Development vs. Parking - What's The Solution?
Driving around our town you cannot help but notice the growing proliferation of common interest developments - former single family lots that were purchased by developers, who scraped the little homes from them and built 4-6 units in the same spot. They replaced a 1200-1400 square foot, 2-bedroom, 2 bath residence with 12,000 square feet of living space in the form of a half dozen two-story 3 and 4 bedroom, 3 bath dwelling units. In most cases, the parking spaces provided don't come close to those necessary to meet the needs, which means the excess spills out onto the neighborhood streets. These kind of developments are popping up like mushrooms. Most of them really look nice, but severely overtax the infrastructure, including parking.
Last week my travels took me past a couple recent housing developments in our city - the Standard Pacific project near Harbor and Adams behind Mesa Verde Center and the Richmond Homes development at the former site of the Daily Pilot on Bay Street. Two things stuck me as I drove through both of those neighborhoods. First, you get the feeling that everything is just too close together - like driving through a series of canyons. Second, the parking is abysmal! In fact, driving through the Richmond Homes development is kind of like driving through an open wound because of the proliferation of red curbs.
PARTY TIME! - BRING YOUR HIKING BOOTS
With the holidays just around the corner and parties being planned, I found myself wondering how the residents in those two developments plan to handle visitors to their homes. At the Standard Pacific development, if they invite more than two couples someone is going to walk a quarter mile from the closest parking space. At the Richmond Homes development extra cars almost certainly already spill out onto the surrounding neighborhood.
The problem here, as I see it, is systemic. Our ordinances, as administered by our Planning Commission and City Council, permit developers to squeeze every last square inch of space on a lot without enough consideration to what happens after the last home is sold and the residents are left to deal with the traffic flow, parking and general congestion of such developments. I understand that we can't expect developers to do business in Costa Mesa if we impose such draconian restrictions that they cannot make a profit, but I suspect that's not the case.
RETAIL AFFECTED, TOO
This is not only a problem in new housing developments, either. It's a problem with many retail projects, too. For example, on the far eastside there is a strip mall on the corner of East 17th Street and Irvine Avenue that suffers from severe underparking. It's a real Catch 22 situation. Businesses that move into this particular mall and are successful eventually suffer business loss because of their success and the success of the businesses around them. As a result, there is a steady stream of new businesses passing through the mall.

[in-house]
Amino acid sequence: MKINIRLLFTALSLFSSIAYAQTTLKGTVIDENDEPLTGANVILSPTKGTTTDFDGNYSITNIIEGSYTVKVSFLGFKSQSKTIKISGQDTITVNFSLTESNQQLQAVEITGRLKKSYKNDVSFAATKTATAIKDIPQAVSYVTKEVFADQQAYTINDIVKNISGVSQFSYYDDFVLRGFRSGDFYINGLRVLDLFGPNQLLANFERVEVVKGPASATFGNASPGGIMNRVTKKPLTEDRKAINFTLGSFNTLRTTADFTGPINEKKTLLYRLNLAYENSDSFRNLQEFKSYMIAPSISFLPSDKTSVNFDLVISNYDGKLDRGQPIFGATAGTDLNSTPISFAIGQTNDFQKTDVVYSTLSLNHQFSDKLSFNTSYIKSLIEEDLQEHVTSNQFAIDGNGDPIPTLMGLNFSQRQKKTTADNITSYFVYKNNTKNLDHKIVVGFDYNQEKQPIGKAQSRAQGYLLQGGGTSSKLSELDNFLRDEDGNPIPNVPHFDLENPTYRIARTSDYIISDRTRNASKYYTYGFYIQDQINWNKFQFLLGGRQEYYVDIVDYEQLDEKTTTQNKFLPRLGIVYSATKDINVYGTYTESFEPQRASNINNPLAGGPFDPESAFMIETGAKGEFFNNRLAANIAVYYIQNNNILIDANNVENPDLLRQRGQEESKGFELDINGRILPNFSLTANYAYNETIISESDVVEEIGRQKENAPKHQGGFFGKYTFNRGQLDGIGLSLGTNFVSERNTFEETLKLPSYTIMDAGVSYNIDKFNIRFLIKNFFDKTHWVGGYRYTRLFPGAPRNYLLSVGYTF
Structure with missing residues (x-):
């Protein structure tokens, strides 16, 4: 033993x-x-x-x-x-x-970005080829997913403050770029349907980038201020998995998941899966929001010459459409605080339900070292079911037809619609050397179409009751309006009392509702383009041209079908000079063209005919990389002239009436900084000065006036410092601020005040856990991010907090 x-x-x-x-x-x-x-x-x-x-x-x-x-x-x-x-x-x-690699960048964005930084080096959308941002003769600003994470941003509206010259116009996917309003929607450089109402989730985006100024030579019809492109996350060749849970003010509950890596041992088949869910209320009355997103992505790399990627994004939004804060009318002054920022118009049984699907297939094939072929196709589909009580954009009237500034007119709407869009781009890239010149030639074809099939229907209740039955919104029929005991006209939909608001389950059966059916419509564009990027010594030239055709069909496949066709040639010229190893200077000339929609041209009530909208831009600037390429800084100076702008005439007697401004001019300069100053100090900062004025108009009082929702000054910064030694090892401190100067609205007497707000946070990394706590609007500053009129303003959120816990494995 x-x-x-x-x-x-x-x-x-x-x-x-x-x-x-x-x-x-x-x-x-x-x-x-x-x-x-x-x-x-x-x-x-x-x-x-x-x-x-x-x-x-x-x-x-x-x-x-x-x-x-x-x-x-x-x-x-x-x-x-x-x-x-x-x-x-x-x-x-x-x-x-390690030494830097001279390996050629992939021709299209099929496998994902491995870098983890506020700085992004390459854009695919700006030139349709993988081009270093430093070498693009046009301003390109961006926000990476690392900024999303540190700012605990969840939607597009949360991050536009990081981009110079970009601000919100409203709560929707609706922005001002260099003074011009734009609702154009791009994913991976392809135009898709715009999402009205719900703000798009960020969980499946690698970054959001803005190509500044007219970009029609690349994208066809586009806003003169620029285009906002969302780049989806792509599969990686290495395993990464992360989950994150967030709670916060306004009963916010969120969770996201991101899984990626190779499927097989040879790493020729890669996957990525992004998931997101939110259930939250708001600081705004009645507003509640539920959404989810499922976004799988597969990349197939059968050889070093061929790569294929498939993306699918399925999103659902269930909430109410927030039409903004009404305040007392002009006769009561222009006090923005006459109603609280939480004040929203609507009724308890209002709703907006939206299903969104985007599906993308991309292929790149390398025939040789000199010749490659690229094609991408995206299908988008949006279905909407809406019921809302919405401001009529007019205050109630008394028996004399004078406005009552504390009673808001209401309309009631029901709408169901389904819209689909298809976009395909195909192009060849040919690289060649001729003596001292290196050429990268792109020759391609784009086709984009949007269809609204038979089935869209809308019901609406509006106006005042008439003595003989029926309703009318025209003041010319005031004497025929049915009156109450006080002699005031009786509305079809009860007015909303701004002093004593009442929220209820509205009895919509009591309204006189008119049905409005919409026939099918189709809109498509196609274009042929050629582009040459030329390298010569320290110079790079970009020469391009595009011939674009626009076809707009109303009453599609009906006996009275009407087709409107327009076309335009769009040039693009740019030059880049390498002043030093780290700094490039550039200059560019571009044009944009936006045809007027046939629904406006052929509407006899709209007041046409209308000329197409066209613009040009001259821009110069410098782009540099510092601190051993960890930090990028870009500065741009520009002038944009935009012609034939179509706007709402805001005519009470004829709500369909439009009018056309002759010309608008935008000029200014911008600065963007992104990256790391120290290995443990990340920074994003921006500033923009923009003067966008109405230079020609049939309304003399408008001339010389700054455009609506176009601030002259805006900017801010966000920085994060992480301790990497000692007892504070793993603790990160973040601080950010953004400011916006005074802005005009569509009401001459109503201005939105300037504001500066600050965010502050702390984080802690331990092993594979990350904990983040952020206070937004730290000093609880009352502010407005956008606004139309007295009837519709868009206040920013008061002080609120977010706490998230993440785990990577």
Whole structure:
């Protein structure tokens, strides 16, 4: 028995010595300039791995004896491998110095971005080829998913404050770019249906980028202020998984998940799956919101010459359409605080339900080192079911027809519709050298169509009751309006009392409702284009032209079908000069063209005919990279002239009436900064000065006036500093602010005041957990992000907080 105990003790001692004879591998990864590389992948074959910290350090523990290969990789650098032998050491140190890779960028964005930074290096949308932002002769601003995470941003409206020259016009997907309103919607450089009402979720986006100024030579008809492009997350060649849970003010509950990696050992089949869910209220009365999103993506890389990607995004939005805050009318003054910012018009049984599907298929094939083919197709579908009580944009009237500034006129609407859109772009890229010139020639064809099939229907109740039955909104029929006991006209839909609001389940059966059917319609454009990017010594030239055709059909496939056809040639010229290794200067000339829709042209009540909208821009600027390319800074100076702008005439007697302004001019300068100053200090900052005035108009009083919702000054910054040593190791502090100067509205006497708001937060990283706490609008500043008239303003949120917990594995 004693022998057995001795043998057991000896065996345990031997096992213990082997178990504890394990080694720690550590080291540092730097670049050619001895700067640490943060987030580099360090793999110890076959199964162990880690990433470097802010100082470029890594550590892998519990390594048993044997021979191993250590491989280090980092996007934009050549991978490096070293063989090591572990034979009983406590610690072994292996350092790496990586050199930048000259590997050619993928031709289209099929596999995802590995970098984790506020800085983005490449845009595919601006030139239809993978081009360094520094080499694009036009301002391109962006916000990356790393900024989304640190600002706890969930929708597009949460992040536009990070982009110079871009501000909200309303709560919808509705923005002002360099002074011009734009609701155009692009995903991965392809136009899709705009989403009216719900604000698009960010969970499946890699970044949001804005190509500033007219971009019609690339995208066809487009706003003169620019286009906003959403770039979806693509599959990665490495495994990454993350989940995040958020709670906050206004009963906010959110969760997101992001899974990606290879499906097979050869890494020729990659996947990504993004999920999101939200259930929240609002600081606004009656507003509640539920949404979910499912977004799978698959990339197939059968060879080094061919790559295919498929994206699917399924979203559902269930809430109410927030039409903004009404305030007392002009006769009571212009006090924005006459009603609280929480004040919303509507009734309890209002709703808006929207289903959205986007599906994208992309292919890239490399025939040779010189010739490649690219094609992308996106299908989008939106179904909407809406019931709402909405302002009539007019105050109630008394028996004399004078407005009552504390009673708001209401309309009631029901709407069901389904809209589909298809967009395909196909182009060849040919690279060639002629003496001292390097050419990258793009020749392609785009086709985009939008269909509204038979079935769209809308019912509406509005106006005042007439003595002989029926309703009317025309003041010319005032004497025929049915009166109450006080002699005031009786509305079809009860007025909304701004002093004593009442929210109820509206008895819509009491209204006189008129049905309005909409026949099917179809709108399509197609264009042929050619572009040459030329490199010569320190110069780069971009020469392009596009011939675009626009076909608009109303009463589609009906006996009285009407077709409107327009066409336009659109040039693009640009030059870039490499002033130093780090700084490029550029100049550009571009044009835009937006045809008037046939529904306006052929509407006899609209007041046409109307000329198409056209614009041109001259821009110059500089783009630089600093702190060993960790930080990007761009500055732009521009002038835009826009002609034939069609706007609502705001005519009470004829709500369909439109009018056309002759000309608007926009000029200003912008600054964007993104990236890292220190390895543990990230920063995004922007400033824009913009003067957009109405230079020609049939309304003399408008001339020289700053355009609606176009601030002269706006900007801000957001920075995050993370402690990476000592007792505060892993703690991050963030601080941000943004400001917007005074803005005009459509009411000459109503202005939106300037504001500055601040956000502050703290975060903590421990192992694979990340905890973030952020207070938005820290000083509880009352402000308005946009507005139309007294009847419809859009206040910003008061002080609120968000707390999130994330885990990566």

MY SOLUTION? FEWER UNITS, MORE PARKING
What's my point? Well - and this will make my old pal, Planning Commissioner Jim Fisler happy - I think we need to fine-tune our rules about parking. I think we need to strictly enforce those rules already in place - which doesn't seem to happen very often - and make it clear to any developers planning to do business in Costa Mesa that we will be unwavering in the enforcement of adequate, off-street parking for any new projects.
Yeah, yeah, yeah, I know what's coming next. You're going to tell me that this will discourage development. Maybe, but I don't think development for development's sake is necessarily a good idea. Yes, it's a good idea to encourage ownership housing to a greater extent - our ratio of renters to owners is upside down. However, I don't think jamming five or six times the number of people onto a residential lot than was originally planned is a smart way to go.
I need to have someone explain to me why it's important to just keep packing more and more people into what is constantly referred to as a "built-out city". If we were to magically tear down half of the apartment buildings in this city and replace them with condos or single family homes that would accommodate only two-thirds of the people, is that necessarily bad? I don't think so. More people doesn't necessarily make for a better city - only a bigger one, with all the problems that come with compressing the population. We should take the same view with these insidious common interest developments, too. More people stuffed into otherwise quiet neighborhoods doesn't make them better, only more crowded.
WHAT DO YOU THINK?
That's my view on this subject. I expect to hear from Commissioner Jim on this one, but what about the rest of you? Any ideas?